The MLB partnered with NYU’s Tandon School of Engineering’s XR Design Class. The goal was simple: create an immerging MLB product.
6 minutes in, MLB’s Head of Creative paused our presentation and asked: “The world has 100s of millions of smartphones- why is this game in VR?”
Anyone familiar with Baseball has to appreciate the data-driven approach to this question. When creating the Stadium-Verse, my team and I designed a VR Game for the MLB as we believe in VR’s ability to deliver presence. That no amount of home runs, in-app purchases, rule changes, can amount to having a catch with a loved one.
Problem: “How might we grow avid & casual MLB fans across generations?”
Solution: Stadium-Verse is a multiplayer VR game for Oculus Quest 2 that allows players to build the field of their dreams, play in it, and watch it on any device broadcasting MLB Baseball.
Fixing Baseball with 1 simple trick:
“MLB Struggles with Millenials” … “Baseball’s BIGGEST problems.” Every year, major publications address the declining Baseball numbers with a fairly similar approach. Presenting rules, social media, or equipment changes to increase action, speed the game up, make it more accessible ie: be similar to faster-growing sports.
A few examples of the MLB buying into this come to mind: 2019 juicing the baseballs or 2021 substance ban for pitchers. My favorite culmination of ‘fixes’ being MLB’s biggest (50,000) international game in London Stadium in 2019. The Yankees and Red Sox combined for 65 hits, 11 doubles, 20 home runs, 50 runs, over two games. This being the exact stadium where 10,000 more fans cheered on as a single goal was scored putting West Ham over rival Tottenham (1–0)
Our team strongly believed that the best products are designed for people first and not problems. We saw an opportunity in beginning our development by talking to real people/MLB fans about their successful relationship with baseball.
We asked our Primary Persona- Michael Batsky (middle-aged, male, baseball fan) questions like What is your relationship with baseball? When did you start watching? Who was it with? What is your first and favorite memory of baseball? Etc.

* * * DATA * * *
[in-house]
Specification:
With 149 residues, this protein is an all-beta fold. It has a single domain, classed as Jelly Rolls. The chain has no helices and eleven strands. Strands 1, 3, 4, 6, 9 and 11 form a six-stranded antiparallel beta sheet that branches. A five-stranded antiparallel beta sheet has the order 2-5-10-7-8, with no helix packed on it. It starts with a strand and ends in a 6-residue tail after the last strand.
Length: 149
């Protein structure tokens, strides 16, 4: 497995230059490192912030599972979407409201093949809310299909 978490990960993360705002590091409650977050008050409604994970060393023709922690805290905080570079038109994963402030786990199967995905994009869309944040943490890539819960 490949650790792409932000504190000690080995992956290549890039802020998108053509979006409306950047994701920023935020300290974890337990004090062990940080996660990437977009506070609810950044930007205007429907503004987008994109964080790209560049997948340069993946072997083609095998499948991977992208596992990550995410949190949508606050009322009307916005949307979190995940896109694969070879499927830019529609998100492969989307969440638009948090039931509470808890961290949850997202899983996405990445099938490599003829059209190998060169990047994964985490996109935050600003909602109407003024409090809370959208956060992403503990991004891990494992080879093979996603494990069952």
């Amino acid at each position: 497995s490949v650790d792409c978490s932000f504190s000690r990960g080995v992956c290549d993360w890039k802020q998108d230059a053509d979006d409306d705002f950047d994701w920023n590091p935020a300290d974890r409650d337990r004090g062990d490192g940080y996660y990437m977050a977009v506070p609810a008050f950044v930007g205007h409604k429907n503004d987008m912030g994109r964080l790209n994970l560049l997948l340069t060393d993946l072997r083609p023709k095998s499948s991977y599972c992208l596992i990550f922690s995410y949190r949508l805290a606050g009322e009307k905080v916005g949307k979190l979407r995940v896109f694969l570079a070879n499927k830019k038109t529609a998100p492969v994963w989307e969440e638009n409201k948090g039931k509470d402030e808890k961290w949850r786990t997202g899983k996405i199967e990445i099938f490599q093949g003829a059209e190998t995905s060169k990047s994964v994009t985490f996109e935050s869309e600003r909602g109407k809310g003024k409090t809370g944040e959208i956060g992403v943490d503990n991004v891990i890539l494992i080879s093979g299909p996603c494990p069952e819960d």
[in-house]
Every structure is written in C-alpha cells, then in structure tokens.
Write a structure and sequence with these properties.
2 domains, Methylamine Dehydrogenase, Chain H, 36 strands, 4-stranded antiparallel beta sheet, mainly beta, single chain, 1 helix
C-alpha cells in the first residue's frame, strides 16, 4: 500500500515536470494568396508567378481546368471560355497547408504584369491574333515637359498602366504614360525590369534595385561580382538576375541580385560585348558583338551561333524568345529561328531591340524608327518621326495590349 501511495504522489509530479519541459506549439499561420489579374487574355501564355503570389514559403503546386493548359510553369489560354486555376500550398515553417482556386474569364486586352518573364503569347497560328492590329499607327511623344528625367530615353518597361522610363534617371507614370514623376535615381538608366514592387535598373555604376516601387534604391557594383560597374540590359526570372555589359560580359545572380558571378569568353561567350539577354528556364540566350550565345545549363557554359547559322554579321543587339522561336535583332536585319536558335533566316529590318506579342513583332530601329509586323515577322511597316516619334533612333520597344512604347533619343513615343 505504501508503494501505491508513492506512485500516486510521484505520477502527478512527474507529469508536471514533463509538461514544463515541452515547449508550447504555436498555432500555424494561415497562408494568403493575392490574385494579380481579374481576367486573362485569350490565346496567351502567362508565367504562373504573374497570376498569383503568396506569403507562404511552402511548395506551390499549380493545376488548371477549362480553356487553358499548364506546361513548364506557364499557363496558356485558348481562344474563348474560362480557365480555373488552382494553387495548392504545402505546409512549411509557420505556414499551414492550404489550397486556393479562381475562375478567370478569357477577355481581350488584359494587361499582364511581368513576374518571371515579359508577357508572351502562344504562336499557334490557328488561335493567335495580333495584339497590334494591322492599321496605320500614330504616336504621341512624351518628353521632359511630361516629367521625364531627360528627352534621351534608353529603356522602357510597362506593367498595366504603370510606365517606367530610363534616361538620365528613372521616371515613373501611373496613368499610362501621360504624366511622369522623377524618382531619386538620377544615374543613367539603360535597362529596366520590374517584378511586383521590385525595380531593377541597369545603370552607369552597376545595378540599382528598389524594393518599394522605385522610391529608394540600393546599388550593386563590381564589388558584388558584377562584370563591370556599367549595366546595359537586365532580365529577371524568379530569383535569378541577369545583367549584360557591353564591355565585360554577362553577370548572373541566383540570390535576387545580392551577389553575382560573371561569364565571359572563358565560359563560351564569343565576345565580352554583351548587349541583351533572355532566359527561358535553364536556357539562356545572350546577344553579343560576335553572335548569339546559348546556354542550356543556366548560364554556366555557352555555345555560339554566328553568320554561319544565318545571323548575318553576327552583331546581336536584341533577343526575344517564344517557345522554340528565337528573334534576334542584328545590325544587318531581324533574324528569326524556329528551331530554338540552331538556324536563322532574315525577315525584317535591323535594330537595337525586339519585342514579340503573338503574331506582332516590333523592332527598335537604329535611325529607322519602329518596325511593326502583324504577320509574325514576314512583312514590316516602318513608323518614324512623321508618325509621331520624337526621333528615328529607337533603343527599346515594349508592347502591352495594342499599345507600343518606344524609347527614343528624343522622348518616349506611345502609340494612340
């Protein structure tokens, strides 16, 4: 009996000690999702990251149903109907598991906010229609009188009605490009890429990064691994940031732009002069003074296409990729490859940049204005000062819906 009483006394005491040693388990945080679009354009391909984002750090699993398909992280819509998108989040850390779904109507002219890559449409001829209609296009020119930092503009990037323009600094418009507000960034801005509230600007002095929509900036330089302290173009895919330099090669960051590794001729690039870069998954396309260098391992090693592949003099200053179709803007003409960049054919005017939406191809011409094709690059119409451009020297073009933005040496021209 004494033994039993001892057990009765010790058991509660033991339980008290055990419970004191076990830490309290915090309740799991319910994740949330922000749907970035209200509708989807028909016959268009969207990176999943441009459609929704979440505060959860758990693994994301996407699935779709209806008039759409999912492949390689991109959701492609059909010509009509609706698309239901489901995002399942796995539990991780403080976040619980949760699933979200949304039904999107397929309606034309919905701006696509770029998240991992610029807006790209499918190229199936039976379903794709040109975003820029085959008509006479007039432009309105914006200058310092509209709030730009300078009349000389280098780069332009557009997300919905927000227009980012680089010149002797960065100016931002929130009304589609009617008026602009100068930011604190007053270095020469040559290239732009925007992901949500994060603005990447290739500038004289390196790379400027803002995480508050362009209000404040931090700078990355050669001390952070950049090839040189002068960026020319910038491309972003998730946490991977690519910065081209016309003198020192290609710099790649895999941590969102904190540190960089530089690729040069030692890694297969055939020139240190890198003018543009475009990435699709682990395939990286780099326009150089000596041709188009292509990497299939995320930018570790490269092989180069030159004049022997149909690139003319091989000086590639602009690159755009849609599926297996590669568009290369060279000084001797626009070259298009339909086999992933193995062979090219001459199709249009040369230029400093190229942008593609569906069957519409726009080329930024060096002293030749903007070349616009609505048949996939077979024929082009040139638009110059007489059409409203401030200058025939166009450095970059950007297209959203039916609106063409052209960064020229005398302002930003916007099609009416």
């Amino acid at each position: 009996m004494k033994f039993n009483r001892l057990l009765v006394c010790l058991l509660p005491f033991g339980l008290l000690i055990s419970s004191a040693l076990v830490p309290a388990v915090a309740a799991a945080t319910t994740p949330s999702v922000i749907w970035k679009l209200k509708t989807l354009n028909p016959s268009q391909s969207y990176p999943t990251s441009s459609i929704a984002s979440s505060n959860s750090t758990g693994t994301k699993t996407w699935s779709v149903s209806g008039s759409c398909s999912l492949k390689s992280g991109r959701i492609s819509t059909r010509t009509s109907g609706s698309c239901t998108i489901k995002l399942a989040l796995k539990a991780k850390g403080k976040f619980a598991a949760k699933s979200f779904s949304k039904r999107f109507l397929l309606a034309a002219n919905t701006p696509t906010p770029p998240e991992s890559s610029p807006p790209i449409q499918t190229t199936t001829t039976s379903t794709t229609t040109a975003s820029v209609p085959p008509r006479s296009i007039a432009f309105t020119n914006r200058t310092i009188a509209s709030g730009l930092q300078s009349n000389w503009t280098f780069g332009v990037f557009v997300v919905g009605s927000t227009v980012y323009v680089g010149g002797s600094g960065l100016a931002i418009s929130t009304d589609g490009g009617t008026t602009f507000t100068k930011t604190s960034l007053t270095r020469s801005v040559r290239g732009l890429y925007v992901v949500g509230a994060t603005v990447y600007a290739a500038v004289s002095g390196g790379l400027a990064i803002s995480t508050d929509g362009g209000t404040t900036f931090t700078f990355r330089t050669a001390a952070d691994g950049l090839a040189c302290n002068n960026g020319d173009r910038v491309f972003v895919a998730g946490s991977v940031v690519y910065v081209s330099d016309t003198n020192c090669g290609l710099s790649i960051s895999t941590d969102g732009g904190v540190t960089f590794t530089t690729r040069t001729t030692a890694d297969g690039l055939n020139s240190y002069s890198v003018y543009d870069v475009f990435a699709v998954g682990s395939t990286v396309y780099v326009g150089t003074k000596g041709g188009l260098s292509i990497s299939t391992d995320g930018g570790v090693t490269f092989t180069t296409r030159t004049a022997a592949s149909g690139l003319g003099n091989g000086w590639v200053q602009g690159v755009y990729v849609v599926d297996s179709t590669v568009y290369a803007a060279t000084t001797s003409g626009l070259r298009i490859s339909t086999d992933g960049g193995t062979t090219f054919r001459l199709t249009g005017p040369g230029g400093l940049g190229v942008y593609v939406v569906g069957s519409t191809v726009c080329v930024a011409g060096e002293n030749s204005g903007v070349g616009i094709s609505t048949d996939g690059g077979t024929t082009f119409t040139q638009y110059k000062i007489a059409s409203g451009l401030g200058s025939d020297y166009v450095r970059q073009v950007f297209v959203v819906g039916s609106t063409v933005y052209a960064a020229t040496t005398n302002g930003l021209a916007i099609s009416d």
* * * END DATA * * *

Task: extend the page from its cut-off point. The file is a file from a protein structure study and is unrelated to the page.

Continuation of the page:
In our research we found an interesting commonality in highly engaged MLB fans — they all played Little League and/or had a close relative that was a fan. This relationship was a huge opportunity for us. How can we design a product that would recreate that “Hey Dad, you want to have a catch? Moment. We needed to design a product to connect generations and continue the tradition of baseball.
Enter: Our secondary persona: (Zoomer) Zoey Batsky, 13 years old- loves Fortnite, painting, and doodling in her diary. Doesn’t ‘get’ baseball.
In researching and talking to our secondary persona/audience we found an uphill battle but also a few opportunities. The genesis for the Groundscrew role is in the success in toys and games we admired like LEGOS, Minecraft, or Roblox. We really aimed to create a form of self-expression for young children of former or current MLB Fans. The feedback we received for Groundscrew was immensely positive from the secondary and surprisingly primary persona as well. It seemed we had stumbled onto an overlap of MLB fans also enjoying ‘simulator’ / Animal Crossing type games.
We originally structured the roles to lock like a traditional MMORPG (or D&D if my Dad is reading this 🙂 But the customization abilities of Groundscrew tested very well in the primary persona and the secondary was opposed to any type of inability to explore/experiment. This made sense to us. So we unlocked roles allowing players to do whatever they liked in the Stadium-Verse.
Successes and Difficulties
I was very lucky to work with such talented people. Seung Lawrence is an incredibly talented UX Designer and directed an incredible video that tied everything together. SeungKyung Na wore so many hats I lost count but Project Management has to be commended! Lastly, Rolando Perez aka the ‘Prince of Polish’ had the perfect adjustments to anything we designed- big or small.
The biggest challenge we had was our 5th team-mate. Everyone has worked on group projects where someone doesn’t want to do the work. What was difficult for us was they kept accepting tasks and just not following through on them.
Group Member 5’s absence resulted in a disruption of the assembly line and a backlog of work. Something I’d experienced before but it makes it extra frustrating when you’re creating things out of thin air and trying to maintain a vision. The rest of the team was understandably annoyed and we all felt like our hard work was being belittled.
To overcome this hurdle we adjusted the scope of our workflow and sacrificed one of our goals which were for everyone to collaborate in the Unity build. This adjustment still allowed us all to shine and collaborate but also to deliver a clear vision for the MLB on time.
Here it is! Please enjoy 🙂